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Outsource magazine: thought-leadership and outsourcing strategy | August 22, 2017

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Q&A: Ole Horsfeldt, ITechLaw Association

Q&A: Ole Horsfeldt, ITechLaw Association
Outsource Q&As

Ole Horsfeldt is a partner with Copenhagen-based law firm Gorrissen Federspiel, and a board-level director of the ITechLaw Association, a non-profit organisation “established to inform and educate lawyers about the unique legal issues arising from the evolution, production, marketing, acquisition and use of information and communications technology”. Ole recently authored a groundbreaking survey into benchmarking in IT outsourcing; we spoke with him about his findings and the ramifications for the IT sourcing space in Europe and the US…

 


Outsource: Ole, you’ve just published some research for ITechLaw on benchmarking terms in IT outsourcing agreements. Let’s take a look at this in some detail. Firstly, what was the intention of the study and how broad was its scope?

Ole Horsfeldt: The intention was to document global commercial and contractual practices with respect to benchmarking. Benchmarking is a key driver in major outsourcing agreements for securing long-term competitive pricing. However, in the past benchmarking has proven expensive and ineffective, and we wanted to identify current global best practices.

The study covered Europe and North America and dealt solely with large-scale complex IT infrastructure outsourcing.

O: One of your findings is that pretty much every outsourcing deal now contains benchmarking provisions. Can you comment on this – and give your thoughts on whether companies are making the most of these opportunities?

OH: This finding was no surprise. But the contents of benchmarking clauses vary significantly, and the effectiveness of a benchmarking option depends on a few key items, such as the right to require benchmarking of unit prices and automatic adjustment of unit prices (as opposed to benchmarking of total costs or service tower costs and having merely a renegotiation right rather than simply requiring automatic adjustment).

The reality is that few companies actually will do a benchmarking, but having a strong benchmarking clause is a key lever for renegotiation of prices and delivery methodology. If you ask me: do companies spend enough time and effort renegotiating, the answer is a clear “No”. Companies tend to see a contract term as a fixed term and any renegotiation will take place at the end of the term. Vendors see things quite differently – they would rather renegotiate every second year or so in order to offer better terms against additional years (and revenue).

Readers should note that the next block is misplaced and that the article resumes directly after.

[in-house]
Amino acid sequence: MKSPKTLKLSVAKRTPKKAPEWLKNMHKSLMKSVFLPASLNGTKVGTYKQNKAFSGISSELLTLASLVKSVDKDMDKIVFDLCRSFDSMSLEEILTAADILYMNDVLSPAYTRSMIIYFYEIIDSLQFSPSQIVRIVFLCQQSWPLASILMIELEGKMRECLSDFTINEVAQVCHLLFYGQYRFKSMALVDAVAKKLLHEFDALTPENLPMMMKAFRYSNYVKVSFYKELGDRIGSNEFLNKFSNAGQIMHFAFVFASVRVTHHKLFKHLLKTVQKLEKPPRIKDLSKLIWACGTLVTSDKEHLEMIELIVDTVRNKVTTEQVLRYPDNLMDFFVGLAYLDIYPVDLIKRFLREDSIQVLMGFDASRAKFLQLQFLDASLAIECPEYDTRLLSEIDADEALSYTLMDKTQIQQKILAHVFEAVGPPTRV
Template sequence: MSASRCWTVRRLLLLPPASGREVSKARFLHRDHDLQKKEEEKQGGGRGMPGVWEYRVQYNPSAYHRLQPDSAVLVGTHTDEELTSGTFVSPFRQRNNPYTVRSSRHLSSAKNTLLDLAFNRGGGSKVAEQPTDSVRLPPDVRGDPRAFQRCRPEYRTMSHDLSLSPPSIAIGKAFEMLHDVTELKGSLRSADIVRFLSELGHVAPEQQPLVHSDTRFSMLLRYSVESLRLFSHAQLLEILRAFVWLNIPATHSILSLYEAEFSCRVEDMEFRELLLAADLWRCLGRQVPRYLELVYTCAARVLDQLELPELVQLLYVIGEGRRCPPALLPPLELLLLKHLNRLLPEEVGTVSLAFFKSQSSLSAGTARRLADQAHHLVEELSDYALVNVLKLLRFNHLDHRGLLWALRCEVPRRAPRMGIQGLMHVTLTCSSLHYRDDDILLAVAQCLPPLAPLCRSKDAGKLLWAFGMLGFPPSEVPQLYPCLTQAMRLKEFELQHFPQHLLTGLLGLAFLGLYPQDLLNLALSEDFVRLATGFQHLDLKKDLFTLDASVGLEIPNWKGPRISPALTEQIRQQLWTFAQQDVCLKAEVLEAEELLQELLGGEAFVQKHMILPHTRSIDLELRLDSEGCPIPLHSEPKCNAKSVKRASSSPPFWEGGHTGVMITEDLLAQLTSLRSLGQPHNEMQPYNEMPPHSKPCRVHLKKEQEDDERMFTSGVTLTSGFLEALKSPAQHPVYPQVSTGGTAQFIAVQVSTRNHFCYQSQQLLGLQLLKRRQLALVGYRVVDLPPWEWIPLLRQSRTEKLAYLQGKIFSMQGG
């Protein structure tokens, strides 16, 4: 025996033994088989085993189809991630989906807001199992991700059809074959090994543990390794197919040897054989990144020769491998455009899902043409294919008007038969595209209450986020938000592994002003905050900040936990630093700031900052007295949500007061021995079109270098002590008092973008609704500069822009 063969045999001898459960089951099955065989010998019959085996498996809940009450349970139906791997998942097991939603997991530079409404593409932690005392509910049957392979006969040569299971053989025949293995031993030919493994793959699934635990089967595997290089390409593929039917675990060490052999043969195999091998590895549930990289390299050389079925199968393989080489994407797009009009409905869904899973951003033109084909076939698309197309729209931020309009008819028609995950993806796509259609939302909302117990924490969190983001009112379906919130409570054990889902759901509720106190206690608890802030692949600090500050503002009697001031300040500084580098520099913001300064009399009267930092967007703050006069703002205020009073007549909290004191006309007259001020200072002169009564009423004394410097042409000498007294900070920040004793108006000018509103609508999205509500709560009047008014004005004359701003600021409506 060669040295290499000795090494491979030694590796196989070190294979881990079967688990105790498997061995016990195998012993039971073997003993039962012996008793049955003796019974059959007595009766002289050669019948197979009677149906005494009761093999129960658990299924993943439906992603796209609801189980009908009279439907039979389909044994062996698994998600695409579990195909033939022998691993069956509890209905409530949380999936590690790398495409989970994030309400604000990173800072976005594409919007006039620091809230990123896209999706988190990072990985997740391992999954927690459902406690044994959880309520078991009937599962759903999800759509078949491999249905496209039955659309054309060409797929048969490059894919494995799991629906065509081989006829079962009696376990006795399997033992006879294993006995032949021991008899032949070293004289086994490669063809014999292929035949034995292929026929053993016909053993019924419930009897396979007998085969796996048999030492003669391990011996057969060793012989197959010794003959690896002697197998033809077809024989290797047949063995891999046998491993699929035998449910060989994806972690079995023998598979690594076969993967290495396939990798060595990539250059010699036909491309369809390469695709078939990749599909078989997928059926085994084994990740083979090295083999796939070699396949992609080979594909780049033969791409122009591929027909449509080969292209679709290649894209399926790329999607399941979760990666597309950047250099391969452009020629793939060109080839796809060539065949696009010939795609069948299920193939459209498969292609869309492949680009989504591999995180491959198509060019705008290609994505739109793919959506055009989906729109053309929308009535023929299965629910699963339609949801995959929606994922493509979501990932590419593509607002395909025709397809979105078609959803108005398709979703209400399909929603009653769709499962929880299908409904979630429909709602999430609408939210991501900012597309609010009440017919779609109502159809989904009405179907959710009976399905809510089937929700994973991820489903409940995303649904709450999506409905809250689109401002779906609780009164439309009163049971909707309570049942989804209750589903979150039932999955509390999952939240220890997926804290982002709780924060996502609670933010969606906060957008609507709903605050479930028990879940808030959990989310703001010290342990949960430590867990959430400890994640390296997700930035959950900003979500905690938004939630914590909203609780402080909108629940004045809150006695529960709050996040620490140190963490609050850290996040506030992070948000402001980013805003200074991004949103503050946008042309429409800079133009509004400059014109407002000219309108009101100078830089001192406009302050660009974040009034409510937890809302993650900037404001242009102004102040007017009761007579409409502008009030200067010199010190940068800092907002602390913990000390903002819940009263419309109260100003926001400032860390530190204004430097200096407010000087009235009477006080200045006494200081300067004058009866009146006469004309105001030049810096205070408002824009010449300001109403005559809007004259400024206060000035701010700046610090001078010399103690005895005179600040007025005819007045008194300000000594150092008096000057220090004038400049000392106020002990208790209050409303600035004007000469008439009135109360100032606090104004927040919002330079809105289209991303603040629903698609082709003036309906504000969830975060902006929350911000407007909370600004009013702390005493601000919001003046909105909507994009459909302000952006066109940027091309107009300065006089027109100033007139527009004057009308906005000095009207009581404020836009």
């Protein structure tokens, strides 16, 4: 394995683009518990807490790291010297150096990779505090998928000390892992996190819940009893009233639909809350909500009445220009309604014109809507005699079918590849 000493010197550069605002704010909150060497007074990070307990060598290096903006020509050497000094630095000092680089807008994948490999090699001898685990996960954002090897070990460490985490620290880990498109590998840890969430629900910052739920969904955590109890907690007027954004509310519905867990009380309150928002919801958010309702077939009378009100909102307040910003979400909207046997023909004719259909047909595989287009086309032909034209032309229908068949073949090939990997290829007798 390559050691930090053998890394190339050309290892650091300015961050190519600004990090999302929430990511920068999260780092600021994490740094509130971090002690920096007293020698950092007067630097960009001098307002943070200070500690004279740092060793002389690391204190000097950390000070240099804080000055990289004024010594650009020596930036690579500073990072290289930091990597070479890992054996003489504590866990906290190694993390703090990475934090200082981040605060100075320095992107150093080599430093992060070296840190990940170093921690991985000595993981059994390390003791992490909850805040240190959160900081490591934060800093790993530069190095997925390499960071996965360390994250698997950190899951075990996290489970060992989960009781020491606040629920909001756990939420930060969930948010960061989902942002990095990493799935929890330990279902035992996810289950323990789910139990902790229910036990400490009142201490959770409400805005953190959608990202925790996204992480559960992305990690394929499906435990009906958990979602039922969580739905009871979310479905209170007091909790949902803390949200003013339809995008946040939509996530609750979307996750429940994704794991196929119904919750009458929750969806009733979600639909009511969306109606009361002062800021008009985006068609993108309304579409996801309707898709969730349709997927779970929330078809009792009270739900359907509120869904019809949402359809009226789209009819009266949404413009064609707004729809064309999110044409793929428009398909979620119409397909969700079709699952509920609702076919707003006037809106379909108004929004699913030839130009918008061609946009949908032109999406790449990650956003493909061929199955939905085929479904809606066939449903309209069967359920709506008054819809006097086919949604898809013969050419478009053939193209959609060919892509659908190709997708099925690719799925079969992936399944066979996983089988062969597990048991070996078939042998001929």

Companies are simply not exploiting these opportunities to the extent possible. It requires that you be in constant “renegotiation mode” and most companies – even very large ones – do not have resources to optimise in this manner.

O: How does benchmarking vary from country to country? Does best practice differ significantly by geography?

OH: There are some differences but not big ones. Essentially, IT infrastructure outsourcing is a global business, and the commercial and contractual practices basically follow the same model in all but the most immature markets.

O: Your study found that benchmarking can cost up to €400,000 and take up to six months to complete. Is there any sign that this cost and effort is being – or even can be – reduced at a time when companies are extremely focused on the bottom line?

OH: Absolutely. The model for reducing costs to about a third is called “fast track benchmarking”. This methodology requires that a detailed profile of the services to be benchmarked is developed as part of the outsourcing contract and that all assumptions and normalisation factors are identified and resolved. This means that the benchmarker’s work associated with so-called “data-extraction” and “normalisation” is minimised. This in turn leads to a benchmarking process of approximately 100 days and significantly lower benchmarking costs.

O: What are the respective roles of the supplier and the provider when it comes to benchmarking and how tightly are these roles usually defined contractually?

OH: Their roles are not tightly defined and do not need to be. Vendors will basically want to be able to influence the result of a benchmarking as much as possible by having the benchmarking consult with the parties and by claiming the circumstances and assumptions particular to the contract at hand differ from general practices and make the contract much more expensive to perform.

Both parties have an interest in as much transparency in the benchmarking as possible, in particular in respect to normalisations, but the customer will want to make sure that no circumstances or assumptions not specifically identified in the benchmarking provisions can be introduced by the vendor.

O: How do companies actually use benchmarking results once the activity is completed – do outsourcing agreements tend to change dramatically as a result?

OH: As I said, the reality is that there are few benchmarkings conducted compared to the number of outsourcing contracts with benchmarking clauses. But renegotiations based on strong benchmarking levers do lead to dramatic savings in the range of 20-40% of yearly costs. Having said that, all renegotiations include a large number of commercial aspects, such as changes to delivery methodology, introduction of offshoring, prolongation of the term, which all contribute to achieving significant savings.

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